Photo Credit: John S. Peterson

Huskers Face Increasingly Competitive Races for In-State Talent

May 31, 2022

Stop by a high school football game on a Friday night in Nebraska and you will see many future college football players. The state has been on a roll producing players to play football at the next level. When it comes to Power 5-level talent, things have picked up too. There are nine players projected to attend Power 5 schools after high school from Nebraska in the 2023 recruiting class. Seven Nebraskans went on to play at a Power 5 school last recruiting cycle.

It’s not just about the number of players that are going Power 5 from the state. The offers are coming in from all over the country. It’s now common for SEC and Pac-12 schools to come into Nebraska and put an offer down for a Nebraska prospect. The latest example of this is Archbishop Bergan athlete Kade McIntyre. His latest offers include Tennessee and Oklahoma along with Nebraska, Iowa and Minnesota. There is something different going in. Bergan coach Seth Mruz offered his thoughts on the factors that contribute.

“I think it’s harder to be a diamond in the rough now. There’s so much exposure everywhere with Hudl highlights, and just all it takes is one phone call,” Mruz said. “One guy stumbles across you on Twitter to see your highlight film and then all of a sudden, boom, it blows up. That’s all it is. The recruiting departments of these universities are so large now that they have assistants to the assistants that are scouring film and finding these kids.”

Mraz sees the number of players rated as three- and four-star prospects growing in the state for the 2023 class. He thinks that trend will continue for the next two cycles, too. There’s great depth of talent in the Omaha metro with the individualized training that can be done. Kids are also getting exposure going to different camps throughout the year. The elite programs around the country are taking notice of that and offering players without hesitation.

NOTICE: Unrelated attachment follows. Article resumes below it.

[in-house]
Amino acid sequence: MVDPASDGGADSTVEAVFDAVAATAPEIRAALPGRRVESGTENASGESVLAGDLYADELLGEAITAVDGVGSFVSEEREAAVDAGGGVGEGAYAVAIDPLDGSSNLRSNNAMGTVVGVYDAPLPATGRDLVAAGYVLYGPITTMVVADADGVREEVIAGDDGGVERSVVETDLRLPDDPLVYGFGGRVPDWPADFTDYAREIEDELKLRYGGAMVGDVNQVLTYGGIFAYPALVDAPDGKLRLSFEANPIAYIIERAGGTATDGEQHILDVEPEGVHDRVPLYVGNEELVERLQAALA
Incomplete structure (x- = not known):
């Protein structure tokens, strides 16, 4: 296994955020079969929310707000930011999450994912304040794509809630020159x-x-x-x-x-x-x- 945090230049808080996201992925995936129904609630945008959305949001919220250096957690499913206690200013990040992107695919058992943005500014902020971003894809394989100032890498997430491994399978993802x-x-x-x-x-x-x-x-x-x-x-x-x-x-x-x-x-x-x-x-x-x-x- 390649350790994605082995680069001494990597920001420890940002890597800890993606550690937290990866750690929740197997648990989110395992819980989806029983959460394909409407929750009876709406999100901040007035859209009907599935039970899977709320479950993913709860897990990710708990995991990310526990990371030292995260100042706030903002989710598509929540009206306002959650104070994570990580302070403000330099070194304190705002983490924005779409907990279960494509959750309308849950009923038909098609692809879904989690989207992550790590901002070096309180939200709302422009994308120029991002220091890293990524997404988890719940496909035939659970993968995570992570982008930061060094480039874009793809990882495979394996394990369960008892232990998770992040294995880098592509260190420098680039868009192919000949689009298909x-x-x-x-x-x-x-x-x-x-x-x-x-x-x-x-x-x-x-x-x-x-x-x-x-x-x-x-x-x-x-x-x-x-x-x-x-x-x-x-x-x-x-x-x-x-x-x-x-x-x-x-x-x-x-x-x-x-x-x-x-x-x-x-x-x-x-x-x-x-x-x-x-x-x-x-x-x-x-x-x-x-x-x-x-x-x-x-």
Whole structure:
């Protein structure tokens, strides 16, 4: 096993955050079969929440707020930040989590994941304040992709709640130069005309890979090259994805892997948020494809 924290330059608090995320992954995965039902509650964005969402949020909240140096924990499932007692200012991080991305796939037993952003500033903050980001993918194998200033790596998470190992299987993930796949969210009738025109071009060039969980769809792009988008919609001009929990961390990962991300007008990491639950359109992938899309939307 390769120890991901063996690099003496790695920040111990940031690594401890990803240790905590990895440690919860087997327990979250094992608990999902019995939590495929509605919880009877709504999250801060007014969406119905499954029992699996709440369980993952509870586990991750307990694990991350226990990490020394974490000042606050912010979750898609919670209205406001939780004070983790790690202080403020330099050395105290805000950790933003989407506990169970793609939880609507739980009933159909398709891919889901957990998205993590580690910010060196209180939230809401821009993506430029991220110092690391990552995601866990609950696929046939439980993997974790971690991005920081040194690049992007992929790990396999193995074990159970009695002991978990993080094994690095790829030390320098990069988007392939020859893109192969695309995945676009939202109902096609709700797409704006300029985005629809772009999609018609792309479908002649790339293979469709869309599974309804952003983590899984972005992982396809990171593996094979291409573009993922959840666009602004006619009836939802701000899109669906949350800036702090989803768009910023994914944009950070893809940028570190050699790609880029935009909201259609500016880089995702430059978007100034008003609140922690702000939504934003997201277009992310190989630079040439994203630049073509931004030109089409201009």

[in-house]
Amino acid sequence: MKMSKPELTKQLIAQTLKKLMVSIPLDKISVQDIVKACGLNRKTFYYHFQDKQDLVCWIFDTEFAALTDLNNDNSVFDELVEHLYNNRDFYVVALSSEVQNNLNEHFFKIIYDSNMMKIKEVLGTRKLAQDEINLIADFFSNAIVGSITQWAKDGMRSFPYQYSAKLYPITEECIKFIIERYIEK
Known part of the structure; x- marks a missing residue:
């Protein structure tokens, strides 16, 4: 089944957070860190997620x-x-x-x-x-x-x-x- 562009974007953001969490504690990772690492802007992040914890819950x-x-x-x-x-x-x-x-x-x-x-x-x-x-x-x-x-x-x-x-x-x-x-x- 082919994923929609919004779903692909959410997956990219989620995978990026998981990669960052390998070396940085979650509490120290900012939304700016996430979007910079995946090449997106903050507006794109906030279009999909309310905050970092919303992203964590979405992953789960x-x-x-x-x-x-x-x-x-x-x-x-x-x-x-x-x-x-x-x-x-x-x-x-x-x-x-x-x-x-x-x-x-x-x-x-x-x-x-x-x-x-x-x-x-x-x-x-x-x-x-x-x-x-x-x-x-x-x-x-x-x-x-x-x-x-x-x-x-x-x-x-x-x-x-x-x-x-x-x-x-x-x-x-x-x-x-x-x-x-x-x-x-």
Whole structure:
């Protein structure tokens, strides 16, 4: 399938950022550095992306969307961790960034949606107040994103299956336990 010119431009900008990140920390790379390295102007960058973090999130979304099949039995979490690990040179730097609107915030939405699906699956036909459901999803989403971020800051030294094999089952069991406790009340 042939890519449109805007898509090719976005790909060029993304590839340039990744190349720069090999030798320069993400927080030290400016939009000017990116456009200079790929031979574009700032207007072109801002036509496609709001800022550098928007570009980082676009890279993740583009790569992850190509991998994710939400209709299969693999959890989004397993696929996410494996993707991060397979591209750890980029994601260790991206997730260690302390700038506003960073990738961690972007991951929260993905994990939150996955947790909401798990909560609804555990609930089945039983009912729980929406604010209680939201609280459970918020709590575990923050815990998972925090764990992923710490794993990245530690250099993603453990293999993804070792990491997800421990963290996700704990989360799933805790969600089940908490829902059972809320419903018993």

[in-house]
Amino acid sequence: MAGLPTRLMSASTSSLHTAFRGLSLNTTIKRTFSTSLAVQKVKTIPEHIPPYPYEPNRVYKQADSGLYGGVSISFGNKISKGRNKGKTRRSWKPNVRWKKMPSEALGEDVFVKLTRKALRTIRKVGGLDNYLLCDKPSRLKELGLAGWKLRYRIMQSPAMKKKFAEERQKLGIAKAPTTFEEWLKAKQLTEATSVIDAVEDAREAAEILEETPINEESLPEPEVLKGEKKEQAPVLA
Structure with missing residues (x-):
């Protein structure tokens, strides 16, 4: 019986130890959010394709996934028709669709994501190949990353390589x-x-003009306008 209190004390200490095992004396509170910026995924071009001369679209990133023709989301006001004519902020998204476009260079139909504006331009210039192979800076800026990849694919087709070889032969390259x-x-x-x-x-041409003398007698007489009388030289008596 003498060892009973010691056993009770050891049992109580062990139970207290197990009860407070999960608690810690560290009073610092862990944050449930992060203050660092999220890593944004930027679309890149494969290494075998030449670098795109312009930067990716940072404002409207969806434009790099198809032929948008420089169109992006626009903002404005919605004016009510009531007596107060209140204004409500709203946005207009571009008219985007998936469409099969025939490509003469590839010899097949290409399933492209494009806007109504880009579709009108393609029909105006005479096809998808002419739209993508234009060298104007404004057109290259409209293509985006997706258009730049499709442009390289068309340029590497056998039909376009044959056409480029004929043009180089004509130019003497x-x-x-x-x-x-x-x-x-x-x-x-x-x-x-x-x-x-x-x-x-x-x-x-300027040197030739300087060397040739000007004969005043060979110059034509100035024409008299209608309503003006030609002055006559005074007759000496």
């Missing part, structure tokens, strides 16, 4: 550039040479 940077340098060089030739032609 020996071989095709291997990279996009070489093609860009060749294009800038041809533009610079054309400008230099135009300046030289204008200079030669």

Programs around the country are also taking notice. There have been changes in how schools evaluate over the last few years.

“COVID forced people to grow a lot I think in terms of how they do things,” Mruz said. “They had to get outside of their comfort zone and you didn’t necessarily just have to do as much ‘regional recruiting’ or feeling like you’re going to be pigeon-holed into a certain area. You find out a more efficient way of doing things. I think that’s what we got when with COVID everybody was sitting at home, they’re like, ‘Okay, well now I can try to evaluate everybody and try to find the best of the best.’

The opportunities for Nebraskans to leave the state are piling up quickly. After the out-of-state offers come, so do the visits to those programs. That allows these players to see what it is like in other parts of the country. It can be appealing to do something different. It can be a nice change of pace to go to Oregon, Auburn or a school out of the region. The landscape is changing quickly.

“I think kids are feeling comfortable with going different places,” Mruz said. “Nebraska only has so many spots that they can fill and they have different needs. They have different focuses sometimes, so kids are not just going to settle for walk-ons or whatever now because they can go get free school. That’s just making kids branch out a little bit more. That’s what makes schools like Iowa, Minnesota and those guys coming in here bolder, they’re not afraid to offer anymore because they’re not afraid to lose out on kids.”

With social media it’s a smaller world out there. The camps that Mruz referenced also allow kids to meet others from different areas of the country. When Mruz was a kid, going to Omaha was a big deal even though it was just 30 miles away from Fremont. Now he’s got players that go to Omaha weekly for training.

“Kids aren’t as homebody anymore. They’re not stuck being the old Nebraska kid,” Mruz said. “They see themselves as a bigger citizen of the world. They’re not afraid to go to Arizona or Florida or New York or wherever anymore. I think they feel like they can fit in anywhere. It’s not just ‘oh, I’m just Midwest kid.’ I think you’re seeing the kind of domino effect of that.”

All this adds up to Nebraska needing to fight more than ever to keep local talent home. It’s not enough for the Huskers to be the in-state school. Real connections need to be made early with prospects since their options are growing by the recruiting class. These developments are great for the young players in Nebraska who are getting more exposure each year. There are many Nebraskans getting free college and that’s the ultimate goal.

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